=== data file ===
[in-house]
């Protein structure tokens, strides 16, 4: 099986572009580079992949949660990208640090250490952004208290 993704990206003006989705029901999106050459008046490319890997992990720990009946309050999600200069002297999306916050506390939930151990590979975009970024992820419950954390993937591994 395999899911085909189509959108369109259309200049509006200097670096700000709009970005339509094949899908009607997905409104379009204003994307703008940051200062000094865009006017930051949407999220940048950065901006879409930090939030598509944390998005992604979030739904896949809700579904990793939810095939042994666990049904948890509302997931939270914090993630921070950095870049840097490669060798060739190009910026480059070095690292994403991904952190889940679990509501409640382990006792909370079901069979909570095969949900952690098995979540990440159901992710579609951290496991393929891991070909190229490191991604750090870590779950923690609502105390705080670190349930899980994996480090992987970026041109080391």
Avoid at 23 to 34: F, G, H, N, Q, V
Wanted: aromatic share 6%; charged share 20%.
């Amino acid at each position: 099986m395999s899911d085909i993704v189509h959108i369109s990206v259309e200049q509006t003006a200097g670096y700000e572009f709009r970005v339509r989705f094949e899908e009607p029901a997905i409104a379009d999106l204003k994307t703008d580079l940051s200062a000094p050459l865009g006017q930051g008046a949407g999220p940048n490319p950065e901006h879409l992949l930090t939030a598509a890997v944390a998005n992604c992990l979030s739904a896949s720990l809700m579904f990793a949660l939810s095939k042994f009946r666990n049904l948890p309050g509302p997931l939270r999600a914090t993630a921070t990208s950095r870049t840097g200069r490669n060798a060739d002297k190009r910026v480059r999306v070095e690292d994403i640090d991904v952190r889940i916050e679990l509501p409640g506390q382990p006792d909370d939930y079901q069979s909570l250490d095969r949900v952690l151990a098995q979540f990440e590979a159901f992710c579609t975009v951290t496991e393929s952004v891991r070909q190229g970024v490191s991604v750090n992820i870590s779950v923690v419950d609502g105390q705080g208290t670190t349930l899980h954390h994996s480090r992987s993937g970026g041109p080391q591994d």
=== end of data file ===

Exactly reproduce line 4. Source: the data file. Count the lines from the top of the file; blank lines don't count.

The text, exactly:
Wanted: aromatic share 6%; charged share 20%.